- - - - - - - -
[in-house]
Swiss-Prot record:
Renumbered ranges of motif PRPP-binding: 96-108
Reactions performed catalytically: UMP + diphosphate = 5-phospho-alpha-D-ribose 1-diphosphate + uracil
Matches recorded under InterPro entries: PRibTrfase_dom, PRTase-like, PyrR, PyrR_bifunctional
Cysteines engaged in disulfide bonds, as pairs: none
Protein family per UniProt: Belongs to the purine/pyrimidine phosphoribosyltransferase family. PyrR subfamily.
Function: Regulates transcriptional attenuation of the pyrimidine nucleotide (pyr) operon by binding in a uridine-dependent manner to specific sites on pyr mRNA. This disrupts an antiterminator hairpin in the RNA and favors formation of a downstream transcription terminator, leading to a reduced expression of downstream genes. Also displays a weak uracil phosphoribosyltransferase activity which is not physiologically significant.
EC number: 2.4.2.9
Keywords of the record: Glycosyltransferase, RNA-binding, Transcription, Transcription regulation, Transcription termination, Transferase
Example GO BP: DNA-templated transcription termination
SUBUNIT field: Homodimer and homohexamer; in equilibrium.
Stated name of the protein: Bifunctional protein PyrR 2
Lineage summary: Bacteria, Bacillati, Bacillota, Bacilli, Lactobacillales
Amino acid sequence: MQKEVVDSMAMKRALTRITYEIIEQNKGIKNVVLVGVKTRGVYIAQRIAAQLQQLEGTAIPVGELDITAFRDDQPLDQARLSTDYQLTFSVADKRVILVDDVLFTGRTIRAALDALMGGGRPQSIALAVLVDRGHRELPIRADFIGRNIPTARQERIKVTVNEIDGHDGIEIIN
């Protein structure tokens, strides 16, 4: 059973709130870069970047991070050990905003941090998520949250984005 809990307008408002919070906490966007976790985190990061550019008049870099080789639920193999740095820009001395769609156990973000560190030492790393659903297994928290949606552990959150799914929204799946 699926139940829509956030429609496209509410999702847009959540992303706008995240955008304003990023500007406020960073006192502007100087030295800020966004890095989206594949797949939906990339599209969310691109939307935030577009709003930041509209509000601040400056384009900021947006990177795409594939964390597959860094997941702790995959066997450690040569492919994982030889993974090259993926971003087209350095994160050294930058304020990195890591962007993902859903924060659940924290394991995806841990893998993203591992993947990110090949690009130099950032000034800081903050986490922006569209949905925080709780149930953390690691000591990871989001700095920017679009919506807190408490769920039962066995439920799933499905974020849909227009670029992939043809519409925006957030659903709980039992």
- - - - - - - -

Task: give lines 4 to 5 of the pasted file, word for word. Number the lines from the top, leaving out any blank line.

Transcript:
Reactions performed catalytically: UMP + diphosphate = 5-phospho-alpha-D-ribose 1-diphosphate + uracil
Matches recorded under InterPro entries: PRibTrfase_dom, PRTase-like, PyrR, PyrR_bifunctional